Ed Barkmeyer wrote:
> With respect to what is actually supported by W3C and IETF standards, there
> have been a few bits of misinformation bandied about in this discussion. (01)
> Waclaw Kusnierczyk wrote:
>> Re: John Sowa's post on URIs etc.
>> "This discussion raises some serious issues: (01)
>> 4. The URLs and URIs of the WWW are based on a naming
>> scheme that ultimately resolves to physical devices.
>> It guarantees that an identifier will determine a
>> unique storage location at a given point in time. (05)"
>> This is not exactly true. In w3 specs  we read:
>> "A Uniform Resource Identifier (URI) is a compact sequence of characters
>> that identifies an abstract or physical resource", and further that "in
>> many cases, URIs are used to denote resources without any intention that
>> they be accessed" and "a common misunderstanding of URIs is that they
>> are only used to refer to accessible resources. The URI itself only
>> provides identification; access to the resource is neither guaranteed
>> nor implied by the presence of a URI."
>> A URL is a URI with a specialized syntax: "A URI can be further
>> classified as a locator, a name, or both. The term "Uniform Resource
>> Locator" (URL) refers to the subset of URIs that, in addition to
>> identifying a resource, provide a means of locating the resource by
>> describing its primary access mechanism". Ultimate resolution to
>> physical devices is *not* a part of the scheme.
>> 5. However, the policies of the WWW and of each domain
>> on the WWW permit the same identifiers to be resolved
>> to different physical locations at different times. (06)
>> Precisely. URLs, those that do identify locations, identify them in
>> virtue of there being a mapping from a particular URI to a physical
>> address, by means of dns services. And if there is no such mapping,
>> there is no translation, and in effect the URL does not identify a
>> location -- try, e.g., 'http://www.nonsense.no', a (syntactically)
>> *valid* URL. Some (most?) valid URLs do *not* ultimately resolve to a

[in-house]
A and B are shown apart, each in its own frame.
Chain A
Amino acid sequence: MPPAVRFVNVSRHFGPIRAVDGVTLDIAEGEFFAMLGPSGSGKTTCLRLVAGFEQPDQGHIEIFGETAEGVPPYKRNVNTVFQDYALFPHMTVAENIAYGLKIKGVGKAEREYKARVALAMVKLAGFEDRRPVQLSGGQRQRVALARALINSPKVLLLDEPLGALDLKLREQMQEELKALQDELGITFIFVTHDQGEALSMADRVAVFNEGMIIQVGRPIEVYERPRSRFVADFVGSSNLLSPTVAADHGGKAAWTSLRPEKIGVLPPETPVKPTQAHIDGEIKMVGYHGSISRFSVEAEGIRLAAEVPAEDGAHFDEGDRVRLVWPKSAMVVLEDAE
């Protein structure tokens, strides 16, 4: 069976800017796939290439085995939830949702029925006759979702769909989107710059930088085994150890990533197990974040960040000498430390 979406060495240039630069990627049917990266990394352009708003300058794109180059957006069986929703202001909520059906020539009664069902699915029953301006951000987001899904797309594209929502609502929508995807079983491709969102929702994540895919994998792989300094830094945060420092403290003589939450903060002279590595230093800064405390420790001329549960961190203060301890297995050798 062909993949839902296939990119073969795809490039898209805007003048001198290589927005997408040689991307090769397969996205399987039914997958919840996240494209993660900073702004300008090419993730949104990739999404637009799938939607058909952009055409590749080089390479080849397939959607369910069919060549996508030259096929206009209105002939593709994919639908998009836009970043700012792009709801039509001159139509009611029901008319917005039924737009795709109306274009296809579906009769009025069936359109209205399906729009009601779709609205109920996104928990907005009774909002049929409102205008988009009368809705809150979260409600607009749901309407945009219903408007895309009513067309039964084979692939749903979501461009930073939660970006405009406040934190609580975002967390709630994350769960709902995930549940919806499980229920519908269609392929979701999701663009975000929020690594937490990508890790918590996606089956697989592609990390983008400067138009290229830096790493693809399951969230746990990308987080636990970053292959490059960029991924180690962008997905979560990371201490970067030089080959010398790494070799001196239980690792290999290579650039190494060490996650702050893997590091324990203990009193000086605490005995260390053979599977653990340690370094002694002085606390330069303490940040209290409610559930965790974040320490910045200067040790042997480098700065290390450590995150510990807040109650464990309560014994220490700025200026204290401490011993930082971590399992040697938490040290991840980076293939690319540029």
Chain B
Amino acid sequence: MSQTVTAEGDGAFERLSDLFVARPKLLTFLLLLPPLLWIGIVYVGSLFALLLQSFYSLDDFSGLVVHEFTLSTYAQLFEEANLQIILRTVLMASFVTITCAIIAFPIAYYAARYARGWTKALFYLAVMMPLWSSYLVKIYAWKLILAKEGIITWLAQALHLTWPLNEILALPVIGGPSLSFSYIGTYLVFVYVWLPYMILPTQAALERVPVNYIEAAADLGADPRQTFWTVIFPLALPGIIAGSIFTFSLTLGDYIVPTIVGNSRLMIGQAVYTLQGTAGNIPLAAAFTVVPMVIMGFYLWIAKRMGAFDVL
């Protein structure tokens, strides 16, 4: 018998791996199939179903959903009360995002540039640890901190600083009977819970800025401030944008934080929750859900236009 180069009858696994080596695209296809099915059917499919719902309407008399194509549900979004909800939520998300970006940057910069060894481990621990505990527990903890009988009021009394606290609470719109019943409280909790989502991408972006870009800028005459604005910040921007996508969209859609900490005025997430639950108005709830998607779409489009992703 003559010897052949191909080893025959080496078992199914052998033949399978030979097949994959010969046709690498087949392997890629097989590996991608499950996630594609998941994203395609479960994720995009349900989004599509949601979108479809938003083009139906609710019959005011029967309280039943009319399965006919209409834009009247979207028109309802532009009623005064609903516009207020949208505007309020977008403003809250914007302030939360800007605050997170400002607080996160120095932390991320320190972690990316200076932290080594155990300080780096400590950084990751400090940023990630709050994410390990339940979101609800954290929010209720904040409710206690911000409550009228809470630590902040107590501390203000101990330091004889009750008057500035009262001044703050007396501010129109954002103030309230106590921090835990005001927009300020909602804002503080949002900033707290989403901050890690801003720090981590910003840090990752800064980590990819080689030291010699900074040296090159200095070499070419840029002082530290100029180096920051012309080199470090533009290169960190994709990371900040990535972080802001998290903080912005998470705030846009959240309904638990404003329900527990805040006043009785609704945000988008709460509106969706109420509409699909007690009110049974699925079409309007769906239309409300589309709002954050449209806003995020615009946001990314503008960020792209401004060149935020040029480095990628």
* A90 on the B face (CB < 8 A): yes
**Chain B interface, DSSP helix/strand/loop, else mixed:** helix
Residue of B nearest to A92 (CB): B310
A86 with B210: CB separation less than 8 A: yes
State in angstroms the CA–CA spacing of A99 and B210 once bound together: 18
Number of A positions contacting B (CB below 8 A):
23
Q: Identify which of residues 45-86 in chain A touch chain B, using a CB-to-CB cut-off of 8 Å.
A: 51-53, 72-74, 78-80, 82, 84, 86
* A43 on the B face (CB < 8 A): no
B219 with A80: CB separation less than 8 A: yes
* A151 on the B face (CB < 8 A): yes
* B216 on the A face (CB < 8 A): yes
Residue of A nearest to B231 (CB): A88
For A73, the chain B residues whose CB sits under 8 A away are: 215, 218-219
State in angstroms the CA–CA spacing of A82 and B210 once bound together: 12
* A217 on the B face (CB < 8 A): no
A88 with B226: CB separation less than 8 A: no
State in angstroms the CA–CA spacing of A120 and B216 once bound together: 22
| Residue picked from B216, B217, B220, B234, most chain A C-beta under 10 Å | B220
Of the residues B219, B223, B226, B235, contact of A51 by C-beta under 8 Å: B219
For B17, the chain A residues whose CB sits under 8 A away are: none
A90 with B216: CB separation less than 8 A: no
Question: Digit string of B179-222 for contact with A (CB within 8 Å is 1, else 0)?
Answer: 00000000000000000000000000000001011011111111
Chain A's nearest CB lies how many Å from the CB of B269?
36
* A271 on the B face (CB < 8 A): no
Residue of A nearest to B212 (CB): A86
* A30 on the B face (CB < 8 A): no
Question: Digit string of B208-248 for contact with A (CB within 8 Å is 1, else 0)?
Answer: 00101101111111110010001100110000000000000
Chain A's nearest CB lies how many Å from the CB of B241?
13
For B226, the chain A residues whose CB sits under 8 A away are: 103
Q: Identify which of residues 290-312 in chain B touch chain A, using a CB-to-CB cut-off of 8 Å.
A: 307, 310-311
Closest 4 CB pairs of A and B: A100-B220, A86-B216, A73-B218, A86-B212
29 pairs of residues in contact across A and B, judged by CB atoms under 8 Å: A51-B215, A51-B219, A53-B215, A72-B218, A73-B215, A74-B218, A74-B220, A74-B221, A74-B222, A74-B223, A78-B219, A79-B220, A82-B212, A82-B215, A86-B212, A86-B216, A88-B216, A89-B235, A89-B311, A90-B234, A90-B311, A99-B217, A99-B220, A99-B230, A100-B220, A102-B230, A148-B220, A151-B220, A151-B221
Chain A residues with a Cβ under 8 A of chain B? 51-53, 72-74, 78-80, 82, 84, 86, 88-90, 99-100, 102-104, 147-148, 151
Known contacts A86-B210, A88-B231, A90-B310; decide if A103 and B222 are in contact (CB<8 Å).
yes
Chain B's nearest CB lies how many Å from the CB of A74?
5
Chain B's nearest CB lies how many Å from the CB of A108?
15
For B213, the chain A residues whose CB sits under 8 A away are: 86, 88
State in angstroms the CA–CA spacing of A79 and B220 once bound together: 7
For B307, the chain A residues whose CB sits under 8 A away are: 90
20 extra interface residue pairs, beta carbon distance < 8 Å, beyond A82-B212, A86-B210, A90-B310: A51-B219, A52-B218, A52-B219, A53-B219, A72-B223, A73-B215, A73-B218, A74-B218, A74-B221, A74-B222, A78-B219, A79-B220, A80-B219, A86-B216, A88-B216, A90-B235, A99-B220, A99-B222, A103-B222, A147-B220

>> physical device.
> This is technically partly correct, but the paragraph is badly misleading.
> What RFC 2396 says is that a URL begins with a prefix that identifies an
> Internet access protocol, and it is required to have the syntax required by
> the specification for that protocol and the interpretation associated with
> that syntax.
> The HTTP standard (RFC 2616) defines the rest of the syntax of URIs beginning
> http:, and says:
> 3.2.2 HTTP URL
> The "http" scheme is used to locate network resources via the HTTP
> protocol. This section defines the scheme-specific syntax and
> semantics for http URLs.
> http_URL = "http:" "//" host [ ":" port ] [ abs_path [ "?" query ]]
> If the port is empty or not given, port 80 is assumed. The semantics
> are that the identified resource is located at the server listening
> for TCP connections on that port of that host, ...
> And, by adoption of text from RFC 2396:
> The host is a domain name of a network host, or its IPv4 address ...
> That is, the URL *means* that the resource is accessible at the designated
> host via the HTTP TCP port. It doesn't refer to a *physical device*, but it
> does refer to a specific *host*, and indirectly to the physical device that
> currently responds to that TCP/IP address and provides network services.
> If the URL doesn't mean that, it is not a "valid" HTTP URL, because it does
> not satisfy the requirements of RFC 2616. So the example URI that Waclaw
> is NOT a "valid" URL. It may satisfy the grammar requirements, but it
> probably does not satisfy the syntactic requirement for www.nonsense.no to be
> a valid domain name (i.e., a sequence of characters registered as a domain
> name through the Internet cascading directory scheme). And it surely doesn't
> satisfy the requirement for it to refer to an accessible resource. So it is
> likely to be *syntactically invalid* and it has *no valid interpretation*. (02)
Agreed. I should have written *syntactically valid* instead of
(syntactically) *valid*. And according to the interpretation of 'valid'
that you advocate here, one can make sure that a string is a valid url
only by actually connecting to the host and receiving a response. (03)
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